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This article is part of the supplement: 35te Tagung der Pathologen am Oberrhein/35th Meeting of Pathologists of the Upper Rhine Region (PATOR)

Open Access Oral presentation

Late effects of radiation on central nervous system

I Sinicina1*, K Bise2 and H Pankratz1

  • * Corresponding author: I Sinicina

Author affiliations

1 Institut für Rechtsmedizin, LMU, München, Germany

2 Zentrum für Neuropathologie und Prionforschung, LMU, München, Germany

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Citation and License

Diagnostic Pathology 2007, 2(Suppl 1):S18  doi:10.1186/1746-1596-2-S1-S18


The electronic version of this article is the complete one and can be found online at:


Published:14 March 2007

© 2007 Sinicina et al; licensee BioMed Central Ltd.

Aims

Primary germ cell tumors of the nervous system account for only 1% of all brain tumors. Traditionally, the treatment of intracranial germinomas has been craniospinal irradiation, which led to a long-term survival of more than 90%. The doses applied have had a wide range, with the mean dose of approximately 36 Gy. The potential late irradiation effects include growth retardation, endocrine deficits and second malignancies. The longest reported interval for late delayed irradiation reactions was 7 1/2 years.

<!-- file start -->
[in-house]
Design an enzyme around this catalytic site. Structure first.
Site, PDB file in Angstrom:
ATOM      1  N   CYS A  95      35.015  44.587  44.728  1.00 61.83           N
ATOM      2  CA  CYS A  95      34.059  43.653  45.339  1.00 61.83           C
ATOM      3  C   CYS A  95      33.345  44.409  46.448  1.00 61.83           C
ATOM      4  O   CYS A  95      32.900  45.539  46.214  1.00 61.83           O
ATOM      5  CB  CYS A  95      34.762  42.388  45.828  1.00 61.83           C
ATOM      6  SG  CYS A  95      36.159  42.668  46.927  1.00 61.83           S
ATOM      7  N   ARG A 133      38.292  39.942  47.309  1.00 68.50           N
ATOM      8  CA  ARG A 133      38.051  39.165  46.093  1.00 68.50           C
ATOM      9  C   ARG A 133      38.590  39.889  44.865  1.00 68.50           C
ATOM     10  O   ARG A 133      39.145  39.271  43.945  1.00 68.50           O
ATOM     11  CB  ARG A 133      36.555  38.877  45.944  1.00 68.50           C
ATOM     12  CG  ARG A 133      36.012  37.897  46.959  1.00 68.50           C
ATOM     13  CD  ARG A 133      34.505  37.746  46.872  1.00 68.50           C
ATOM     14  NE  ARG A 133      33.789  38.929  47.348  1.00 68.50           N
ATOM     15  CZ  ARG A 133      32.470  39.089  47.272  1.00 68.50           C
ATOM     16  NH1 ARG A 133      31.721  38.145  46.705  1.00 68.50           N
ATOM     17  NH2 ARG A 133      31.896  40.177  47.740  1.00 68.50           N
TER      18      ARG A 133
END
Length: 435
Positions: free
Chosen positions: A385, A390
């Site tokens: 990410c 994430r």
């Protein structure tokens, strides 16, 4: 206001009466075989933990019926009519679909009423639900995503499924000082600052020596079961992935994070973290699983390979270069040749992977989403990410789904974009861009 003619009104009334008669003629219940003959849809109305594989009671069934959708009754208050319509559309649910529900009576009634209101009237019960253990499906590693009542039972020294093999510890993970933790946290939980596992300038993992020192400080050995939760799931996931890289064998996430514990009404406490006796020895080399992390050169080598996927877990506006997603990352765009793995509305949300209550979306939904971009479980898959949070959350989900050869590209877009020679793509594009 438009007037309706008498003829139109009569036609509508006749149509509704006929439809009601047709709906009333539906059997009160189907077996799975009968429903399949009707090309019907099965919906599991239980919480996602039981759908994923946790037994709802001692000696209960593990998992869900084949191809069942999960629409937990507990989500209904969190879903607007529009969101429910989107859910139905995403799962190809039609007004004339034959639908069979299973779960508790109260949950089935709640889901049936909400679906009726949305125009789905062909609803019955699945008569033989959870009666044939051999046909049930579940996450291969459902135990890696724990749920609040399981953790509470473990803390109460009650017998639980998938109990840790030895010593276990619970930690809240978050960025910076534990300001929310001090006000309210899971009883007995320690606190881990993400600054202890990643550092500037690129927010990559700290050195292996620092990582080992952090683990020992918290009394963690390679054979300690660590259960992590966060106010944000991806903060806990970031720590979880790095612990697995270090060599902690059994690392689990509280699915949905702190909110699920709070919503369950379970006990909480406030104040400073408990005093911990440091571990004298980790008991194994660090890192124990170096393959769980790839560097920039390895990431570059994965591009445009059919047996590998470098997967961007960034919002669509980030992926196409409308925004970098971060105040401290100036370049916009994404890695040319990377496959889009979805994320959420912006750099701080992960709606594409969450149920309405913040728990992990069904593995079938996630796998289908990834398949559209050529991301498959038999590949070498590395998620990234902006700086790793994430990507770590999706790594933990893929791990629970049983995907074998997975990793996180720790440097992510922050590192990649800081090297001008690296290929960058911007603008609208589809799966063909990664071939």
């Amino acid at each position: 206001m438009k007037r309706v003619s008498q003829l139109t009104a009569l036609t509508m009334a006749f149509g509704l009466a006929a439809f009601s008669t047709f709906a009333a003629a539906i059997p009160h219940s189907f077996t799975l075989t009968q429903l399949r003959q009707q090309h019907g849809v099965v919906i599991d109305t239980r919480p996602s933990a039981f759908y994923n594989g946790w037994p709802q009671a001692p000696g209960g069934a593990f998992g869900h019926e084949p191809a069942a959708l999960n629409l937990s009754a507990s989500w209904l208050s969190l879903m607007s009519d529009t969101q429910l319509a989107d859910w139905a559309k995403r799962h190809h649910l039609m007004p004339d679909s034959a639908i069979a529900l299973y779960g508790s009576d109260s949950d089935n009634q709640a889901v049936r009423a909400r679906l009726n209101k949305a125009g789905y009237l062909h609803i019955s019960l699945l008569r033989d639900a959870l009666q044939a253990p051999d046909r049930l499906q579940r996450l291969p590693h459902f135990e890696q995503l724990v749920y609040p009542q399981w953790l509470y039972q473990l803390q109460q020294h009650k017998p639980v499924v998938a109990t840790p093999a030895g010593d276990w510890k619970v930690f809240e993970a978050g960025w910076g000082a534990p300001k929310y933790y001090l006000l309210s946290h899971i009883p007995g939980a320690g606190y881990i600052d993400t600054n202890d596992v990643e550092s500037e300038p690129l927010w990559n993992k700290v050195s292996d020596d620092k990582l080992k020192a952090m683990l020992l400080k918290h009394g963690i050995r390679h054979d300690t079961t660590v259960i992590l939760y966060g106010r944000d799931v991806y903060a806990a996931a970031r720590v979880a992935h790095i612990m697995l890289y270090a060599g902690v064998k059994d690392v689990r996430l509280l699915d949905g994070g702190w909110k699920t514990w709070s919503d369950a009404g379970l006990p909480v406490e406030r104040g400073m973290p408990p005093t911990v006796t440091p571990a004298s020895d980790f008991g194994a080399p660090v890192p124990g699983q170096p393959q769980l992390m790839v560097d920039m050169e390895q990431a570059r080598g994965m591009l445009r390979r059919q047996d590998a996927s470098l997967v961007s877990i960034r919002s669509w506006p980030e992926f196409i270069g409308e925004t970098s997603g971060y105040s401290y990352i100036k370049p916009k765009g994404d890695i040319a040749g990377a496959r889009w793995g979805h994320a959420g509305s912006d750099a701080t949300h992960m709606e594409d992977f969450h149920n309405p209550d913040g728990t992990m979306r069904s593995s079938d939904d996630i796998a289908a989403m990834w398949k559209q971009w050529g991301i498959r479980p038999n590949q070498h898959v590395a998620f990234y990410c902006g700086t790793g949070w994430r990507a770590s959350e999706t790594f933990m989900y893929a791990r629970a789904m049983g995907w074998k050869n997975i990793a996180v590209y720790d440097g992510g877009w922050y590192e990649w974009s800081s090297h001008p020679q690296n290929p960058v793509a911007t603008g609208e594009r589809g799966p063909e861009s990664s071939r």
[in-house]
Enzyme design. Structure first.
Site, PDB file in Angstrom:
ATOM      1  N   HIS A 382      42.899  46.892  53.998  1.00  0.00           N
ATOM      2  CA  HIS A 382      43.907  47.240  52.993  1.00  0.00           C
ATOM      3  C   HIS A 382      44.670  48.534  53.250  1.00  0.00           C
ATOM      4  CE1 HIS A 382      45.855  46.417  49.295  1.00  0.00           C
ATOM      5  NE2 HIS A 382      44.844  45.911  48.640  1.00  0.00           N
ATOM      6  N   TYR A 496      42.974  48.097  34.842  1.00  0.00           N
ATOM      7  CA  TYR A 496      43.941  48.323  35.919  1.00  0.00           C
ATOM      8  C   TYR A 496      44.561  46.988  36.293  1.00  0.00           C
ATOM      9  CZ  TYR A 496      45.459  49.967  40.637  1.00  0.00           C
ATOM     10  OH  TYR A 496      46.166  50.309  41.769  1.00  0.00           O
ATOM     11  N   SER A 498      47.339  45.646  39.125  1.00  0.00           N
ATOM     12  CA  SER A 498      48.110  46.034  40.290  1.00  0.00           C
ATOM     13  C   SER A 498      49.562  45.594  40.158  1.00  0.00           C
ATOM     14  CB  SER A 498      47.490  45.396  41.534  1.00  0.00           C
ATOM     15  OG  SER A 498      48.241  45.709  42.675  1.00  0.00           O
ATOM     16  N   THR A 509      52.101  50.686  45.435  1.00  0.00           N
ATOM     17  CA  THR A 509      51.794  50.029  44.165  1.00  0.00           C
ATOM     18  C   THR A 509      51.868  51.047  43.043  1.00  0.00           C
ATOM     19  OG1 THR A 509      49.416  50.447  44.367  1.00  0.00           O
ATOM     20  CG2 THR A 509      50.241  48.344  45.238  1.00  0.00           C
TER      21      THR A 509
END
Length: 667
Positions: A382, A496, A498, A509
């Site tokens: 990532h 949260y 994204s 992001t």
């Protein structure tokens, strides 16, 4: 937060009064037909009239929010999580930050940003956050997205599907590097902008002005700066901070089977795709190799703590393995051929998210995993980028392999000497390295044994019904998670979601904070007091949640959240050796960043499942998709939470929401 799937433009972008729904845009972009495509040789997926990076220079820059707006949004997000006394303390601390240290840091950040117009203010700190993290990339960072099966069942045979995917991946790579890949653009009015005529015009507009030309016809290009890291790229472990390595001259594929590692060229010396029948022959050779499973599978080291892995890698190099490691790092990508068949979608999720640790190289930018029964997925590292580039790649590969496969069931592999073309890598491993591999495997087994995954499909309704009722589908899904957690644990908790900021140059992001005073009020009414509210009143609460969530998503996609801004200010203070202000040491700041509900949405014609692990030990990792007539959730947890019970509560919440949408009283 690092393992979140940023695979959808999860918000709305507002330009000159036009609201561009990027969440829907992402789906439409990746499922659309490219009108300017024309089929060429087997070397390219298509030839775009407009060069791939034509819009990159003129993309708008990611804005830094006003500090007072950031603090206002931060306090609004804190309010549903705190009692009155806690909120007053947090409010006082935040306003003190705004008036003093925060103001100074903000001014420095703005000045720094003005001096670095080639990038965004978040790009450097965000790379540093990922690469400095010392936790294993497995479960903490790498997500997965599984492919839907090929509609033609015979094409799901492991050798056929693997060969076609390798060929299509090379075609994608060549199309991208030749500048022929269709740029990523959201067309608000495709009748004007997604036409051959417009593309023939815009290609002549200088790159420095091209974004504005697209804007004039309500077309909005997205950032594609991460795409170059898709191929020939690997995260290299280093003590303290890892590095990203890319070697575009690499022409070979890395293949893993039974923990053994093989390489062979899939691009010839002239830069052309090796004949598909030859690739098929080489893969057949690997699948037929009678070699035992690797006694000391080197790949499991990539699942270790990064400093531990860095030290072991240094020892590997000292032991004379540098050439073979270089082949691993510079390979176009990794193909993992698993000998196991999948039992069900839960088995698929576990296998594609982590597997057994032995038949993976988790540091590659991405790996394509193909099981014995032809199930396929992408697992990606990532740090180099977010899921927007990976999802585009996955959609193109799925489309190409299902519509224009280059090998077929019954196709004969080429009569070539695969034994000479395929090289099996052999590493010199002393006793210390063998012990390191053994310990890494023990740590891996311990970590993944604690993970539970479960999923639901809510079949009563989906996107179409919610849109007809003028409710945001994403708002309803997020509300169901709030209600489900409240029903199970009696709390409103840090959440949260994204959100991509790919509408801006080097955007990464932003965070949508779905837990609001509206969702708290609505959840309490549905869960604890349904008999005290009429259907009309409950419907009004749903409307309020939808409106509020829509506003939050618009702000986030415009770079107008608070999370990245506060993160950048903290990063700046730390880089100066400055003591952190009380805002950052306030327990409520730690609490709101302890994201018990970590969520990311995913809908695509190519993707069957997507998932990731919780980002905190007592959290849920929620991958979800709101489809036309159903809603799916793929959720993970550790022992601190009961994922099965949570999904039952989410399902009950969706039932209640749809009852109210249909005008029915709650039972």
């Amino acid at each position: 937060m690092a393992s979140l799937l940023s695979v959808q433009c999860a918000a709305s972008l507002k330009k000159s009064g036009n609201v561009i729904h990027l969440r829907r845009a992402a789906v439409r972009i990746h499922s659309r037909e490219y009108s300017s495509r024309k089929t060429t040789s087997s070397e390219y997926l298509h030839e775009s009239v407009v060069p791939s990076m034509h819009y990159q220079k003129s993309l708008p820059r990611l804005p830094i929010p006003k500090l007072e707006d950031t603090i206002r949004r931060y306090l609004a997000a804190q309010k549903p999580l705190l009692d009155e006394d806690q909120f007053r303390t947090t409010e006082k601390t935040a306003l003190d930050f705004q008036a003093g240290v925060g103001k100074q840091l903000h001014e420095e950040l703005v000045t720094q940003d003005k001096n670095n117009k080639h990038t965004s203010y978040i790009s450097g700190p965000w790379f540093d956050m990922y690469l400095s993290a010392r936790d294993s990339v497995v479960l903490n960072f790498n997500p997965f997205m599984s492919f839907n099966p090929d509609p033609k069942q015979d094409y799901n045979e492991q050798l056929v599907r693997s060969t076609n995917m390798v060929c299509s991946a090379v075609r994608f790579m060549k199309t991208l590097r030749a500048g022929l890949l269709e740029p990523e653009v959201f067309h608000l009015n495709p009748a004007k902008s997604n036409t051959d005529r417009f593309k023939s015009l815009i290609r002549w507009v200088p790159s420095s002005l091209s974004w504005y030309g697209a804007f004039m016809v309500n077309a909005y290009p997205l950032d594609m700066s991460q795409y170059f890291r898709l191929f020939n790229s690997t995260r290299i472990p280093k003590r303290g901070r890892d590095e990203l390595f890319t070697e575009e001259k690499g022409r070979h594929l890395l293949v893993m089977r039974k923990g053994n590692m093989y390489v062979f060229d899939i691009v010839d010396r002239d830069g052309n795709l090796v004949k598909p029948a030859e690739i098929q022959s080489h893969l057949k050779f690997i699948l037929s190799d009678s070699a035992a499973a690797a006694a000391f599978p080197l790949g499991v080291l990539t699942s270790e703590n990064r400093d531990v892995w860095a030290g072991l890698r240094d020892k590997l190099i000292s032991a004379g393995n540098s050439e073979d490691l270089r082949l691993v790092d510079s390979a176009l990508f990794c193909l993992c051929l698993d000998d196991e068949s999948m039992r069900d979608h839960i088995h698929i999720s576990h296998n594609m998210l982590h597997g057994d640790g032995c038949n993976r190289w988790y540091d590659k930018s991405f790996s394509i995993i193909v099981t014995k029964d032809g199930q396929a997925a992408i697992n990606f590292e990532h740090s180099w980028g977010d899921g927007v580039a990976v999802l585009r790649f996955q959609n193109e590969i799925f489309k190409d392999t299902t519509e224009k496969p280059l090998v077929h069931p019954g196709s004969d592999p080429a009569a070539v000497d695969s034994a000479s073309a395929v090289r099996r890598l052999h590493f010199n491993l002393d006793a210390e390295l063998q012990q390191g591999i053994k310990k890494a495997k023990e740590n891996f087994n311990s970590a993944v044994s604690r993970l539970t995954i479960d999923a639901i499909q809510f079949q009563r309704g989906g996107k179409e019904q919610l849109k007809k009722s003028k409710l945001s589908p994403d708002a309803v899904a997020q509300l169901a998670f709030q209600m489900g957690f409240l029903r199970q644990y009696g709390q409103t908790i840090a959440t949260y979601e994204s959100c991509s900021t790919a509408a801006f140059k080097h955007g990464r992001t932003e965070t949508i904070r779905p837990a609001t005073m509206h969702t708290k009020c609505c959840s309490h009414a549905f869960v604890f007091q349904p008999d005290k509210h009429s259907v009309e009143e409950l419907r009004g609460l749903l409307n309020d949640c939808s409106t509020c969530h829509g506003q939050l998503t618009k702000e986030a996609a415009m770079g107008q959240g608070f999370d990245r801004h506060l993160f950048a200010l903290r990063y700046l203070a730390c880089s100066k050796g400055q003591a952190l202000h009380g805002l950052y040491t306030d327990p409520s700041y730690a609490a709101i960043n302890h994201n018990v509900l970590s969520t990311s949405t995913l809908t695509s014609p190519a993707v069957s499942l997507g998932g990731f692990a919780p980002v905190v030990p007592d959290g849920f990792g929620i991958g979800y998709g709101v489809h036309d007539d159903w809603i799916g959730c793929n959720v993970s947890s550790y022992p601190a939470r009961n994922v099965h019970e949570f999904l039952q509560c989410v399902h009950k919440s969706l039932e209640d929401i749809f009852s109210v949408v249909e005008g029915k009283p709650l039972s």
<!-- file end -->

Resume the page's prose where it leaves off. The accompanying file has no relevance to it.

Methods

A 14-year-old boy presented in a pediatric clinic in 1983 with a beginning bitemporal hemianopsia. A tumour in the suprasellar region was diagnosed and classified after an incomplete resection as a germinoma. The remaining tumor mass was irradiated. After an uneventful period of 3 years, the tumour dissemination along the liquor way was suspected. The radiation encompassed the entire spinal axis and cranium and resulted in a long-term remission with a good quality of life for 17 years. In 2004, a hyperdense structure protruding in the forth ventricle was seen in MR scans. Three months later, the patient was found dead in his bed.

Results

On post mortem examination there were no pathologic findings on the inner organs. Intoxication was ruled out. Within the dorsal part of the brain stem an exuberant formation of a collagen rich scar, which corresponded in a position to the structure seen in MR scans, was found. A marked microglia activation was evident in CR 3/34 immunostaining.

Conclusion

For the first time active persistent changes in the irradiated brain areas were described 17 years after the last radiation therapy of germinoma.